Monday, August 15, 2011

Next Year Insights

I've learned a few things over the course of this year and previous years which I was in denial of up until this year. I would like to share them with the five people who subscribe to this blog:

Getting the boot (or getting a slight boot)

- Horseradish - I've tried growing it twice and every year I am as disappointed as a soccer mom seeing her daughter flounder around the field. The green is pretty impressive if you like weeds but the harvest is so disappointing. I don't know if I am just inept at growing horseradish but it takes up valuable space that I could use for other primo veggies. If you don't believe me (which I don't know why you would doubt me), check out the pictures of how it looks in the pot and then the actual harvest:

- Brussels Sprouts - Yeah yeah I am a Brussels sprout fan (not the overcooked variety but the kind cooked in brown sugar and bacon fat al' dente). The problem with these green jeweled marbles is they take up so much space. I only have about 300 square feet of veggie growth as allocated by the wife and for the harvest I get, I would opt out of Brussels sprouts for next year despite how cool they look as a plant.

-Green beans - they are out for next year. Usually I dedicate half a raised garden bed for these guys but I can so much dilly beans that next year I am going to pass on these staples of the Clawson garden because I have so much canned.

- Tomatoes - Ok so these are my fav I start in my shack in January but I have close to 30 plants around and the wife would projectile vomit rather than eat them. They take up bucco space (as my mother-in-law would say).

-Mass amounts of onions - I grew a lot of onions this year but really how many can I eat? I got quite a few good sized bulbs but if you want to put the moves on your wife, you can't grow and consume all these greens. I ended up freezing the greens which is pretty lame but might make for a decent soup.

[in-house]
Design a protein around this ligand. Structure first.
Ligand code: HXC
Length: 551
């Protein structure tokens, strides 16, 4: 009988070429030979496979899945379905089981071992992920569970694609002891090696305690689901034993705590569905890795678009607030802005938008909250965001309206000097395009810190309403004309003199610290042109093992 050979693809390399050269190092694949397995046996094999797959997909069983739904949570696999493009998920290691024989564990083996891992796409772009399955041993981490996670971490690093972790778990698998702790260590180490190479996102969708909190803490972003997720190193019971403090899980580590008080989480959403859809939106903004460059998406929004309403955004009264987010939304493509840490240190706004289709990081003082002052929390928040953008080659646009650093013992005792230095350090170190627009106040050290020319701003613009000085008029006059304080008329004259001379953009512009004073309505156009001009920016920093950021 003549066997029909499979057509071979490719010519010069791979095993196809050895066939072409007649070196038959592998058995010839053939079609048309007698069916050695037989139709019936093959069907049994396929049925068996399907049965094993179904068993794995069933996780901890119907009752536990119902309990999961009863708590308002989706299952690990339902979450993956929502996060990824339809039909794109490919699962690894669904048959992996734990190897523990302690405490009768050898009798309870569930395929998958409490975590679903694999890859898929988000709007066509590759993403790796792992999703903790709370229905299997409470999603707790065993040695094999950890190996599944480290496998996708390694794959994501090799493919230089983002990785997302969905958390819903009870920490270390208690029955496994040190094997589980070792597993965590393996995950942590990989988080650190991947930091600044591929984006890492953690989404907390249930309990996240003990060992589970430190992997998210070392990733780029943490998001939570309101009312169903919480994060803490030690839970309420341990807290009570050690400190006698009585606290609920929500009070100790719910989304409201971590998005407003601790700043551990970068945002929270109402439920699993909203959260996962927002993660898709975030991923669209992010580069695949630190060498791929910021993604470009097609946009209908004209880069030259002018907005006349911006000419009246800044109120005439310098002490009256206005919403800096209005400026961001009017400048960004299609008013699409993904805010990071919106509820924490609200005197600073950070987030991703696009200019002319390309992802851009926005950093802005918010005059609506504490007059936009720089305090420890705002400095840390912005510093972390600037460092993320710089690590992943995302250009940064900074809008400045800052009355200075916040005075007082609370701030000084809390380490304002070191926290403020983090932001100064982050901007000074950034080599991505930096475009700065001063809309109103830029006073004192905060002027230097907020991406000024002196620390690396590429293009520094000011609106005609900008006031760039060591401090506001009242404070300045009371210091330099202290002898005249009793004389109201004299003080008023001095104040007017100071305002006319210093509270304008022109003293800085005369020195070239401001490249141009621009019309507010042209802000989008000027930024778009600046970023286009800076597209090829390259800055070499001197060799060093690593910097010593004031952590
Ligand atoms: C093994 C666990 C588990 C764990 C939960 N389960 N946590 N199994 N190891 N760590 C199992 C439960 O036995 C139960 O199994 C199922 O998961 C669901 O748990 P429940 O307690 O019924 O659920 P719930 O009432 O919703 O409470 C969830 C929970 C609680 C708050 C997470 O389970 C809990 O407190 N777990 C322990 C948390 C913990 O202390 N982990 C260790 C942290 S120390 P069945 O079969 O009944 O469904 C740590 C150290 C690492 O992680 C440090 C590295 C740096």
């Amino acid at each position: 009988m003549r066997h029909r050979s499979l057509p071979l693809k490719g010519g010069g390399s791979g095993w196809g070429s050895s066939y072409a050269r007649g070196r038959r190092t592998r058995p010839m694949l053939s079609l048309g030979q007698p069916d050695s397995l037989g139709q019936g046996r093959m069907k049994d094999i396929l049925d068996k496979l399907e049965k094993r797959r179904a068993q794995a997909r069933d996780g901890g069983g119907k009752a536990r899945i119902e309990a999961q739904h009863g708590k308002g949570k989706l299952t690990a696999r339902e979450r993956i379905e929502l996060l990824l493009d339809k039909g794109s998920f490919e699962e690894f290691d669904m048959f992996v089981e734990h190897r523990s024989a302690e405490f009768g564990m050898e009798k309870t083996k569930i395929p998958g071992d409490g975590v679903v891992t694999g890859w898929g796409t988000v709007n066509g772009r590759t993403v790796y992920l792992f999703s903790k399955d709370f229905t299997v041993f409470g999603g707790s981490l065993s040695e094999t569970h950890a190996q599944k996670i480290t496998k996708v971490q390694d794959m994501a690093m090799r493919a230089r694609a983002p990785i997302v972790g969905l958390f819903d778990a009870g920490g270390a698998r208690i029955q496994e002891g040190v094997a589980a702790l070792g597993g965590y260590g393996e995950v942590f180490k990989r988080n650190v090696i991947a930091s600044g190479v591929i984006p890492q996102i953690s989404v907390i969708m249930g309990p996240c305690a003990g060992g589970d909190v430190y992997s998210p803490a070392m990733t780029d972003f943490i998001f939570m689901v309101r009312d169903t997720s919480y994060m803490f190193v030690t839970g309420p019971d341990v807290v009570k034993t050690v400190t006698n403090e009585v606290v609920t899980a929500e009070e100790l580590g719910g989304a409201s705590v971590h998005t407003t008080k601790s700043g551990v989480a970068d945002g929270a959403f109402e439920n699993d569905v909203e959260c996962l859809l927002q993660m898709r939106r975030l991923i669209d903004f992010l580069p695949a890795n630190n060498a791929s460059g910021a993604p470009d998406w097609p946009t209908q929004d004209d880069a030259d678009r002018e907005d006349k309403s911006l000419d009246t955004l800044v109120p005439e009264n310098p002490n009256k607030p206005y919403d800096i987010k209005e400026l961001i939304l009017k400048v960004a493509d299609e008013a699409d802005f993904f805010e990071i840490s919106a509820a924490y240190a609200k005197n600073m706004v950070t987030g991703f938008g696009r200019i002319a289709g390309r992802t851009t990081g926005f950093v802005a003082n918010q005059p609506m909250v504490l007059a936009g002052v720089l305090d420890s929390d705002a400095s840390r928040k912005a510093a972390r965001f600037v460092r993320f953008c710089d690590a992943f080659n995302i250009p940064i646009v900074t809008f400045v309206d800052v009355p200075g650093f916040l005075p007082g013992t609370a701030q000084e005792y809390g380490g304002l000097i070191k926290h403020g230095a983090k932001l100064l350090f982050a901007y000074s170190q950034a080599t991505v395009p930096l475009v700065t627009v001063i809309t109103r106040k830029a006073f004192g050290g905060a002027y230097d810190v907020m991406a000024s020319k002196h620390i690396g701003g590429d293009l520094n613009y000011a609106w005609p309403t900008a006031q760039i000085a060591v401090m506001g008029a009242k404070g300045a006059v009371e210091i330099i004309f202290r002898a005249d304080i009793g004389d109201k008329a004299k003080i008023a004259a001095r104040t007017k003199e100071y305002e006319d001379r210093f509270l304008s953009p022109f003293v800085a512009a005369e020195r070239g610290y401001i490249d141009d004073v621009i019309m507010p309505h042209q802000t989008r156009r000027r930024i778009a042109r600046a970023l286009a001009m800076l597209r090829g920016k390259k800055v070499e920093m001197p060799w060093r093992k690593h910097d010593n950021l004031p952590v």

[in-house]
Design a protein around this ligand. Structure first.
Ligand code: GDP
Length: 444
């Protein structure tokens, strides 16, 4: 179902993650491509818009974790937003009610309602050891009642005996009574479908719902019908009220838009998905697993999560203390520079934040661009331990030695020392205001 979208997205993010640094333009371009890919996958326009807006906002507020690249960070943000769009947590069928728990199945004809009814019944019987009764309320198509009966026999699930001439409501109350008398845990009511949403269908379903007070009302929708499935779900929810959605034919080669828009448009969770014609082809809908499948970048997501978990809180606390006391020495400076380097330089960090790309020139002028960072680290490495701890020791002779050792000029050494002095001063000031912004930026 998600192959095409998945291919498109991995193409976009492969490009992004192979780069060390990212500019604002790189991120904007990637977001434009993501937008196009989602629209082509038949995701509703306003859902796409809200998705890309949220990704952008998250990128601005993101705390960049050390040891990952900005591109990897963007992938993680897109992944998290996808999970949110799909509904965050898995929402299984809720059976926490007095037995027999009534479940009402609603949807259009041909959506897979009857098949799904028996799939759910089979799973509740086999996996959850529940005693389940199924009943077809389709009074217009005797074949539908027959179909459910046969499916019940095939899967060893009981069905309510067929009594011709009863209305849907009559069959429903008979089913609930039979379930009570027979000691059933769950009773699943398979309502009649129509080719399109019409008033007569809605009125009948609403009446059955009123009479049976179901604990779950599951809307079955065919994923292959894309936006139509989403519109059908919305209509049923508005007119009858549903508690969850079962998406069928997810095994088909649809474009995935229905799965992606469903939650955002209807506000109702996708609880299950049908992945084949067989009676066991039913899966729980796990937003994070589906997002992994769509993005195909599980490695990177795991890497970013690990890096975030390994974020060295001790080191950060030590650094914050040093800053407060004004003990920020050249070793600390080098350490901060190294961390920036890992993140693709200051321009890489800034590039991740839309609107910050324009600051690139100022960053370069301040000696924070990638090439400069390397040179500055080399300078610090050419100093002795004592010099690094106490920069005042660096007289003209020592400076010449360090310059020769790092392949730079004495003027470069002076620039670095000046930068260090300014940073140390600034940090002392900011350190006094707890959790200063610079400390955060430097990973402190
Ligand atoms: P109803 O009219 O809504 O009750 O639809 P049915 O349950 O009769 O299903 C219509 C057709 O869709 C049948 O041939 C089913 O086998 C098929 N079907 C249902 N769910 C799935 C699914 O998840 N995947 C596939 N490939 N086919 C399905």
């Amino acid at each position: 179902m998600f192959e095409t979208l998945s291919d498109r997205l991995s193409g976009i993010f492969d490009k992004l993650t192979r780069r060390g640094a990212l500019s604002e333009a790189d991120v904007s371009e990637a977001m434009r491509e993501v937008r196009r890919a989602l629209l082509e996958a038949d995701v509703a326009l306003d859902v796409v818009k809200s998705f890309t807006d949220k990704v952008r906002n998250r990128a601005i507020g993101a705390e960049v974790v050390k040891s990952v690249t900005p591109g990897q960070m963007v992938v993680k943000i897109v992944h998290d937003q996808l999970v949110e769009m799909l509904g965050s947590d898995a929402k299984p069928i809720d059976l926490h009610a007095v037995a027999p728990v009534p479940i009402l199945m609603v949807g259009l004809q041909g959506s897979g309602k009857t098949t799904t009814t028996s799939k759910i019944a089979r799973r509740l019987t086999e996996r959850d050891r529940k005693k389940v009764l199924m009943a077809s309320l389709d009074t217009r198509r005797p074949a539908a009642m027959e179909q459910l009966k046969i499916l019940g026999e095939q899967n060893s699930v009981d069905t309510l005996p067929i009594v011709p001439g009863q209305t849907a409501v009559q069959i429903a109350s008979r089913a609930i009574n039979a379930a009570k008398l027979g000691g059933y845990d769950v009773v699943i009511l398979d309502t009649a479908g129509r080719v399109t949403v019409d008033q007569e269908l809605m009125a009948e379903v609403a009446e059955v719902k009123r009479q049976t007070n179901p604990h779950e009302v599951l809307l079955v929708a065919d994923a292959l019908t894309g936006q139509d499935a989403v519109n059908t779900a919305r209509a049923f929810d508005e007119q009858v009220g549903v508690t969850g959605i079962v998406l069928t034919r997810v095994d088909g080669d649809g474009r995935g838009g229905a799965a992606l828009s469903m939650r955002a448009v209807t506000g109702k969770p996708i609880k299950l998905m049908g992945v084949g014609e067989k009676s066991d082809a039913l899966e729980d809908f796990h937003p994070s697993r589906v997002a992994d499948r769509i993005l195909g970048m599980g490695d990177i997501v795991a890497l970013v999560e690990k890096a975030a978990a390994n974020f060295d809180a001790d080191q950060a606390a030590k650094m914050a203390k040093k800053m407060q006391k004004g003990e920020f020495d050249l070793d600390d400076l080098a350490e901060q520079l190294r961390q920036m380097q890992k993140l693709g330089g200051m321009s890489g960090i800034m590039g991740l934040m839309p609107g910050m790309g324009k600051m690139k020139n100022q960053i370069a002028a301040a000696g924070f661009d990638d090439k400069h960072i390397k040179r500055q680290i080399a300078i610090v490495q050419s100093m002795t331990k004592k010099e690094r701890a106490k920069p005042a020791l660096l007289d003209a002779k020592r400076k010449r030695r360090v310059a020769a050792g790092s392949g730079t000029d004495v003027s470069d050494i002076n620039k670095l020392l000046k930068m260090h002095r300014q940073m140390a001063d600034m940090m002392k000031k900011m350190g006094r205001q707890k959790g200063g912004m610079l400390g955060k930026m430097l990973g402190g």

- Hops - Sorry Craig but they didn't produce as much as I thought and they are on their way out. I'll save the harvest I have in hopes you'll share the brew but this is the last year for hops.

Getting the green light

- More peppers, they seemed to do really well this year despite the bad weather . I would do more peppers next year in the buckets on the side of the house where it gets pretty hot.

- Cucumbers - I used to can my own pickle mix but they have Mrs. Wages mix which cuts down the effort ten fold so I was able to process more pickles than I thought. Next year I could see myself doing more...a lot more.

- Snap peas - always golden for munching

- Elephant garlic - The size of these babies are around the size of a softball.


  1. Looking good!

    Between my CSA bin and taking care of a friend's garden while they're out of town, I've got green beans coming out of my ears right now too... I just fried up and ate a whole pound last night! (Made up a sauce with sriracha, honey, and garlic, which turned out pretty great.)

    How much hops did you get and how much space did it take up? I know you're not impressed by the output, but I might try to grow it in my friend's garden next year if I can get enough for just one IPA... Would need about 4oz, dried.

  2. My buddy Craig gave me two ribosomes that he took from his setup. They were in a fairly shaded area until then got about eight to twelve feet where they started to thrive.

    I don't know how much one would need to make one IPA. I mean if you are going to brew you should do the full car-boy but brewing is Craig's thing. I grew them for foliage over my trellis. I know he puts them in a food dehydrator and so they lose a lot of weight.

    He has quite a hop setup and I think he gets enough to do two five gallon batches. They are pretty and grow fast so I would defiantly pick some up to enjoy and harvest. Who knows, you might get enough to have some incredible beer.

    Also what is a CSA bin?

  3. About 4oz (dried) will make a 5 gallon batch of IPA. Only need about 1oz for other beers, but if I'm going to grow my own hops, I want to taste those hops in my beer, dammit! Plus, our IPAs have always turned out fantastic. Anyway, I'll talk to my friends about it, seeing as it's their garden and all. The prettiness aspect is a good selling point.

    CSA = community supported agriculture. Basically, we get a bin of veggies every weekend from a local farm. You sign up in the Spring and then get a bin every week through October or so. It's pretty fun because we get all sorts of weird veggies that we wouldn't buy otherwise, and we split it with another couple so we get to have a weekly vegetable haggle.